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COVID-19 changes medical education in Italy: will other countries follow?
  1. Pierfrancesco Lapolla,
  2. Andrea Mingoli
  1. Department of Surgery P. Valdoni, Policlinico Umberto I, Sapienza University of Rome, Roma, Italy
  1. Correspondence to Mr Pierfrancesco Lapolla, Department of Surgery P. Valdoni, Policlinico Umberto I, Sapienza University of Rome, Roma 00185, Italy; lapolla.1526391{at}

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The severe acute respiratory syndrome coronavirus 2 (SARS-CoV-2) pandemic is bringing the world to its knees with over one million cases by 8 April 2020.1 Several governments have responded by locking down entire countries with dramatic repercussions for all sectors of society. Since 21 February, the total number of cases in Italy has followed an exponential trend with 139 422 (including 13 522 healthcare workers) by April 8, which is four times higher than 3 weeks before (35 713 confirmed cases on March 18).1 Among the currently active cases (n=95 262), 28 485 (29.9 %) are hospitalised and 3693 (3.87 %) in intensive care units (ICUs).1 Italy has overtaken China with the most SARS-CoV-2 deaths, reporting 17 669 fatalities,1 a fatality rate of 12.6% (of confirmed cases, table 1).

Table 1

Estimated increase in hospital doctor workforce in the COVID-19 outbreak in Italy shown per region

The immediate and urgent demand for more doctors has led the Italian government to take unprecedented measures. On 17 March 2020, the Council of Ministers passed the Cura Italia decree which changed the rules of Italian medical board examinations.2 As a result, almost 10 000 Italian medical students from all medical schools will be fast-tracked into the healthcare system after graduation, without sitting the postgraduate examination which concludes the practical training.3 This change is permanent.

In the UK, the Medical Schools Council has suggested the possibility of releasing final-year medical students, even before the conclusion of their clinical examinations, to be provisionally registered by the General Medical Council in order to help the healthcare system to cope with the developing crisis.

Before Cura Italia, the Italian medical licence required postgraduate training and an exam. The new decree permanently makes the medical degree fully qualifying. Licence training will now take place in the years before graduation. Therefore, it is estimated that 9640 newly graduated medical doctors will be qualified earlier to join the healthcare system.4 This could see a rapid 10.3% increase in hospital doctors, supporting departments and ICU dedicated to COVID-19 treatment in all regions. For instance, Lombardy, with 9722 deaths,1 a 18.2% case fatality rate of confirmed cases, might benefit from a 4.9% increase in doctor numbers; Emilia Romagna, the second most affected region, could have an increase of 9.3% (table 1).5 Also, these graduates might cover roles in less front-line areas from which medical personnel have transferred to acute care. Italy is, therefore, the first country to respond formally to the COVID-19 emergency by permanently changing the medical board examinations and altering the curriculum.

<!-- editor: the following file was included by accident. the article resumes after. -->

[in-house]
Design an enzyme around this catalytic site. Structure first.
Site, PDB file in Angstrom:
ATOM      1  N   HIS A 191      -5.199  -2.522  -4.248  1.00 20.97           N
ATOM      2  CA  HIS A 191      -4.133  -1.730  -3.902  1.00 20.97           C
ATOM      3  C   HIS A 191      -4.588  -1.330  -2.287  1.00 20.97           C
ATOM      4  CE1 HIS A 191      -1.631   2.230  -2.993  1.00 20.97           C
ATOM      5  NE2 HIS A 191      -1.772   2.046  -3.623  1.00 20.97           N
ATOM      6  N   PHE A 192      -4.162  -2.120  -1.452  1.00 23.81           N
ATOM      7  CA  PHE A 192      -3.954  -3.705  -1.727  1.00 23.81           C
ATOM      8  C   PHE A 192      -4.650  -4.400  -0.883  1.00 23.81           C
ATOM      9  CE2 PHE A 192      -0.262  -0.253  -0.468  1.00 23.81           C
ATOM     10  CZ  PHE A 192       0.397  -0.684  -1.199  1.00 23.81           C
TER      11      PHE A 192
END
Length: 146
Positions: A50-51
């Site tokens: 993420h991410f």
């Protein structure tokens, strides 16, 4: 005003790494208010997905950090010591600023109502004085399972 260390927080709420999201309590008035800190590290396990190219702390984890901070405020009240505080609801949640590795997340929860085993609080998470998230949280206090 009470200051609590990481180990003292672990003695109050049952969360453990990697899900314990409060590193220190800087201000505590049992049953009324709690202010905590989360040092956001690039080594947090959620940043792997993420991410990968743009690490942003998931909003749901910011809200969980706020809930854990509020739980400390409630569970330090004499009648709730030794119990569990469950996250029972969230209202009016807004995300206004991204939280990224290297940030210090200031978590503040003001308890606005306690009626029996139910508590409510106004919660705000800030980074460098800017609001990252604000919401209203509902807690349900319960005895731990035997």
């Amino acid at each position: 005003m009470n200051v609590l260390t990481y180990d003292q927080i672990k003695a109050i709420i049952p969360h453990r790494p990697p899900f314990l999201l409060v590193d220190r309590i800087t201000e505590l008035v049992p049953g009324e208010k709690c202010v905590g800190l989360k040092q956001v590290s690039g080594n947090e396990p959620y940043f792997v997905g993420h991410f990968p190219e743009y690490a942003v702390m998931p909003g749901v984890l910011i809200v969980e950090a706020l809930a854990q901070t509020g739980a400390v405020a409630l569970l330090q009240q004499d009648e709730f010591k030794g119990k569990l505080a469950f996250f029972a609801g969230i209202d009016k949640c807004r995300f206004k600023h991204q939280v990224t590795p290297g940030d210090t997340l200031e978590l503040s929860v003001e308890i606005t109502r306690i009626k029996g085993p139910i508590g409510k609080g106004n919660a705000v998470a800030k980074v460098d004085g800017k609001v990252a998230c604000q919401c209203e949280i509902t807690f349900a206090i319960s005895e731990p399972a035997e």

On the one hand, the decree shortens the licensing process by about 9 months,3 a crucial time for the immediate movement of thousands of new doctors into the workforce for the COVID-19 emergency. On the other hand, a shift from medical school to clinical work without a transition period might put graduates at a greater risk of work-related stress. Furthermore, without a written examination, more emphasis would be on the assessment of the practical training during medical school.

The provisions adopted by the Italian government regarding the permanent change of the rules for the medical board examination and the consequent fast-tracking of doctors will affect medical education for future students and augment the healthcare workforce to improve care during the current crisis. Consequently, the new Italian model might be considered by other countries. However, transparency and clear guidelines for newly qualified doctors and precise human resource planning of the new healthcare workforce are essential to safeguard patient safety in one of the gravest challenges of our time.


We thank Dr. Regent Lee (University of Oxford) for providing

guidance in manuscript submission.



  • Contributors PL for study design, literature search, data analysis and interpretation, writing and table preparation and responsibility for overall content. AM for manuscript revision.

  • Funding The authors have not declared a specific grant for this research from any funding agency in the public, commercial or not-for-profit sectors.

  • Competing interests None declared.

  • Patient consent for publication Not required.

  • Provenance and peer review Not commissioned; internally peer reviewed.